First-World Problems Are The Worst...

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geezer77

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No kidding... It's horrible. Stay in the city, people! You don't want to come out here. Not a Starbucks for 75 miles in any direction...
Amen. And because in an emergency, Sheriff's deputies can be a half hour or even more away, many rural folks own and know how to use ugly, scary and dangerous-looking guns - sometimes even black ones. Some of them even have clips and bullets and stuff like that. Much safer to stay in town.
 

Parks 788

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I feel you. We have the same problem out near Bristow. Only with nonexistent cell coverage as well. Satellite internet is slow, has low data caps, and is crazy expensive.
Catt57: At our new place off Hwy 16 about 8 miles N/W of Bristow we were recommended by member Rawhide on here to give Atlink out of Stillwater a try. Spoke to them on the phone and they explained how they work and what they offer. Sounded great so we set up a service tech, he came out and checked service/reception and it was strong. Got setup with them and been very happy for the past 6 weeks with them. Wife works remotely from home and is super happy. We are both on the computers at night and no issues and even with foul weather it has been great so far. Give them a call and it may work in your area.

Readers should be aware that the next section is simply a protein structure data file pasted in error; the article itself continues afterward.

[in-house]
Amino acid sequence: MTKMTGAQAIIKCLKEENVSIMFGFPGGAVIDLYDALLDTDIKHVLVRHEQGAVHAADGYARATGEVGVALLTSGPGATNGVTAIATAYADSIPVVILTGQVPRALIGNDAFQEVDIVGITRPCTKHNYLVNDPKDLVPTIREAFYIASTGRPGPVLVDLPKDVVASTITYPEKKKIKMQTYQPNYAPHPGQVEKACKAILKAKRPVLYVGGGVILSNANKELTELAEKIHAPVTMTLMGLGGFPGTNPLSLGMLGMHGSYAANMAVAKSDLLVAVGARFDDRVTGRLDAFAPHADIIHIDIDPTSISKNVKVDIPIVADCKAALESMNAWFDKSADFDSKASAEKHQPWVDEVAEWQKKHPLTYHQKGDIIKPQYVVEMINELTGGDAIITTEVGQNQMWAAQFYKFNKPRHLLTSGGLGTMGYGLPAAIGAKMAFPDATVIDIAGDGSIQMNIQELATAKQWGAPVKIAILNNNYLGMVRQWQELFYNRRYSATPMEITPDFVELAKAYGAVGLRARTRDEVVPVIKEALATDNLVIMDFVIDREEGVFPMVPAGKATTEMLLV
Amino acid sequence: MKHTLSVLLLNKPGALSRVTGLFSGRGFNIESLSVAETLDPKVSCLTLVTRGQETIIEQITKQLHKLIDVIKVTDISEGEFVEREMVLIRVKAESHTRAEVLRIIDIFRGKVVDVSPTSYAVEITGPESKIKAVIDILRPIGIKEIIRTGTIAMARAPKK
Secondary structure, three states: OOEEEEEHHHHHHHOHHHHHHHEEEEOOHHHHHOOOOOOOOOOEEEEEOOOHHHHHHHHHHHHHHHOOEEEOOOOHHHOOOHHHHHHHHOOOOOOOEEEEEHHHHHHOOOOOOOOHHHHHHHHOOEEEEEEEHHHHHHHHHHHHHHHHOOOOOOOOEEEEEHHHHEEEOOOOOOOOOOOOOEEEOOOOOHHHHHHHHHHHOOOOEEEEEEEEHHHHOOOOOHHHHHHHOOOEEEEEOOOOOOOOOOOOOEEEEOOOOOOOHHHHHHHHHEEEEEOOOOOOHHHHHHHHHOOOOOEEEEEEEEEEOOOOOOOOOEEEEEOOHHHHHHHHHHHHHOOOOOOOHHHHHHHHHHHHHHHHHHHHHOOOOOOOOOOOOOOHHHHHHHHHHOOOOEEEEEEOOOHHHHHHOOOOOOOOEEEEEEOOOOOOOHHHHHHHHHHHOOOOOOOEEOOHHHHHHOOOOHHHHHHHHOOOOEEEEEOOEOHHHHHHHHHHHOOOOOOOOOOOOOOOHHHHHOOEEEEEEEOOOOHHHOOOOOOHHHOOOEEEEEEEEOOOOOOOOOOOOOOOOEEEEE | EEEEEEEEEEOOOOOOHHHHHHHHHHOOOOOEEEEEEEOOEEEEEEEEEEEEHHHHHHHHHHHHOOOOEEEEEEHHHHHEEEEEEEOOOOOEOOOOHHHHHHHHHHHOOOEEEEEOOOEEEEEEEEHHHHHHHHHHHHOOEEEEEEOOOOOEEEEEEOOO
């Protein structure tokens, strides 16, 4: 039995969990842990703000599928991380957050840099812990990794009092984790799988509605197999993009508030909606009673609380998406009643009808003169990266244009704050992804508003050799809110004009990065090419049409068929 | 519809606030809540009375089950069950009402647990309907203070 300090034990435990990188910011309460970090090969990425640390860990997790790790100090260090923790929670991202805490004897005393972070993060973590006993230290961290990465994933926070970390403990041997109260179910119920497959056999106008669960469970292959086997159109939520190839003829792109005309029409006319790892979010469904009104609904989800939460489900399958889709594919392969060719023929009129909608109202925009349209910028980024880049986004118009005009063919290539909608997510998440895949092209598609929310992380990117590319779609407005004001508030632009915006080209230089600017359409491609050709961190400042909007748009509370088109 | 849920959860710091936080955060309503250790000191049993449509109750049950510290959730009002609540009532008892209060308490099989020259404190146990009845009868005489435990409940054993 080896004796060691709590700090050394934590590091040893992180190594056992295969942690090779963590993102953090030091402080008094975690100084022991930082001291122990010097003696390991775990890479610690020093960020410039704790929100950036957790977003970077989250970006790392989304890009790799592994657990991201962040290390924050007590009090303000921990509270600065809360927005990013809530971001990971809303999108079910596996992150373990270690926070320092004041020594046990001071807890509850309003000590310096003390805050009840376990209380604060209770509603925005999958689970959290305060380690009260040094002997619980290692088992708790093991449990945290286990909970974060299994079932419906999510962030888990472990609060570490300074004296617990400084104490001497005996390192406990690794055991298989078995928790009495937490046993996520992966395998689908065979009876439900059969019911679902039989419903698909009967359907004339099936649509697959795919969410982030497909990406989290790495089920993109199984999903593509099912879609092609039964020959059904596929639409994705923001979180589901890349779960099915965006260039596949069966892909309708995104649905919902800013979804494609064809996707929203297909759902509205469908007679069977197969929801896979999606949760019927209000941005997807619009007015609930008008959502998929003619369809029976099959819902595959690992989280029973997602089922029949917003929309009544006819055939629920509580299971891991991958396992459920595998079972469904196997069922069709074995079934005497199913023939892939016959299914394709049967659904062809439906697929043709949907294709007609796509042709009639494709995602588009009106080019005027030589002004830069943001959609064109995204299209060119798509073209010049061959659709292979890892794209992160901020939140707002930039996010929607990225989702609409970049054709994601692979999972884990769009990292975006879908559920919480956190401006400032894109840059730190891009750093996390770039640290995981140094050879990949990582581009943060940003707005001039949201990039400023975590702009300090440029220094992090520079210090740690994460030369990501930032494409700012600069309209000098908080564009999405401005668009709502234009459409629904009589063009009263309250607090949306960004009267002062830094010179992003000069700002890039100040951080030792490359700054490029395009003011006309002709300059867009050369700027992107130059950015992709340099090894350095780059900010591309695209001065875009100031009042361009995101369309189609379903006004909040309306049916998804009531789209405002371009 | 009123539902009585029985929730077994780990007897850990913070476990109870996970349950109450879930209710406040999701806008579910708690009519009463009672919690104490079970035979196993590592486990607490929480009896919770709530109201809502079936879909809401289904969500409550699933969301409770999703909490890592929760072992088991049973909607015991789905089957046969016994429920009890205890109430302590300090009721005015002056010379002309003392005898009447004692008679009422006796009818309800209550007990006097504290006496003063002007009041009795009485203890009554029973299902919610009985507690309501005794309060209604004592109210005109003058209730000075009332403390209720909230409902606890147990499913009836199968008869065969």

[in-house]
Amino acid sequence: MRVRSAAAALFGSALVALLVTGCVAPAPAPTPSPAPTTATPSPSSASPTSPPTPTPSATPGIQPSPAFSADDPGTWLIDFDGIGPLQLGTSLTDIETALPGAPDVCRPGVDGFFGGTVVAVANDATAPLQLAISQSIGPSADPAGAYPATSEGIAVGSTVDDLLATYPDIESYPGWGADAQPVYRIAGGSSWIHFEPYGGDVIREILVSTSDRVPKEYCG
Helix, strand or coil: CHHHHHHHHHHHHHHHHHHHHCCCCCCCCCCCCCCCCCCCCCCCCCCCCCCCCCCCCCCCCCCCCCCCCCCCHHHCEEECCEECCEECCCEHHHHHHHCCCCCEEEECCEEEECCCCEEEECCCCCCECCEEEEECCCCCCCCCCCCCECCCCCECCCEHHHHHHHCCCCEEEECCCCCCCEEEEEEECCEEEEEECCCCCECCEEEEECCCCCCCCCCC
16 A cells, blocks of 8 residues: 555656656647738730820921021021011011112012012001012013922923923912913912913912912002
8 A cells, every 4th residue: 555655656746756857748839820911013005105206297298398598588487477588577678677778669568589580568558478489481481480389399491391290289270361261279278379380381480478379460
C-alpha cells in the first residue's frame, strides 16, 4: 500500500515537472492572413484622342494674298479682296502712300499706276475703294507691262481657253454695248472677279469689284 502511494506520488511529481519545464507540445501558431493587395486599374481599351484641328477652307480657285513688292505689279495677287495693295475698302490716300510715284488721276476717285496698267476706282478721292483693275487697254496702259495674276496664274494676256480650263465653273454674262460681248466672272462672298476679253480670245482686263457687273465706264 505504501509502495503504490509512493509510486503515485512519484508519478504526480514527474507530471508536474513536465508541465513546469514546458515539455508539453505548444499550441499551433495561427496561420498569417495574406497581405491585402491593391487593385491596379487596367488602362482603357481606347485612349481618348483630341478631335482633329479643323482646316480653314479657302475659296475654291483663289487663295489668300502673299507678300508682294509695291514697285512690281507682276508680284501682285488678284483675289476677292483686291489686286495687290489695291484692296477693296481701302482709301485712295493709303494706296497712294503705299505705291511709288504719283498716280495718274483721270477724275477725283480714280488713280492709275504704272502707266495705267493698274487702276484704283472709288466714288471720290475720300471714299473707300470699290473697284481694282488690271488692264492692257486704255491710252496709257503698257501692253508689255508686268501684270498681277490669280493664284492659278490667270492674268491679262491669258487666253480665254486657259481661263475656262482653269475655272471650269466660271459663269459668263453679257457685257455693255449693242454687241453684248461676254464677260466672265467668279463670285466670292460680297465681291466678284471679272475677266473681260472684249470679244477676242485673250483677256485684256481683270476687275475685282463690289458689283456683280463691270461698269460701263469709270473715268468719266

dennishoddy

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Amen. And because in an emergency, Sheriff's deputies can be a half hour or even more away, many rural folks own and know how to use ugly, scary and dangerous-looking guns - sometimes even black ones. Some of them even have clips and bullets and stuff like that. Much safer to stay in town.
That half hour time limit allows for the back hoe to make a hole and cover it up.
 

Okieprepper

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Part of the downside of living in a rural area is the lack of choices when it comes to things like internet and cell phone service.

Cell coverage is barely adequate at our home, even with a booster. But at least it works most of the time.

I had to go back to satellite internet. HughesNet, to be specific. Satellite internet is a small step up from dial-up. I last had satellite internet in the early 2000s living in the Colorado mountains. It sucked then and in 20 years it really hasn't improved. It has, however, increased in price for the same crappy service.

It's supposed to be 25 mbps download speeds. It actually averages more than that...when it's actually downloading something. I can't even play a 1 minute YouTube video thru the first time without buffering about every 10 seconds. It really sucks.

I've pre-ordered Starlink...but the website says it may not be available until next year sometime.

Oh, well. I'd rather live in a rural area with bad cell phone and internet service than a city. Guess that's just part of the cost of admission to the lifestyle choices.

I hope you all can appreciate the suffering some of us go through, though. I'd like to see some celebrity do one of those "starving kids in Africa" type of video for those of us with bad internet in rural areas. Might help our plight...

:cry11:
Have you looked into a T-Mobile WiFi hot spot? Super fast and 5g ready for only $50 a month. Best internet I"ve ever had in rural area.
 

dennishoddy

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Have you looked into a T-Mobile WiFi hot spot? Super fast and 5g ready for only $50 a month. Best internet I"ve ever had in rural area.
Don't you require a great internet signal before wifi is great?
You can get a great wifi signal but zero internet during outages. Two different things.
 

Okieprepper

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Don't you require a great internet signal before wifi is great?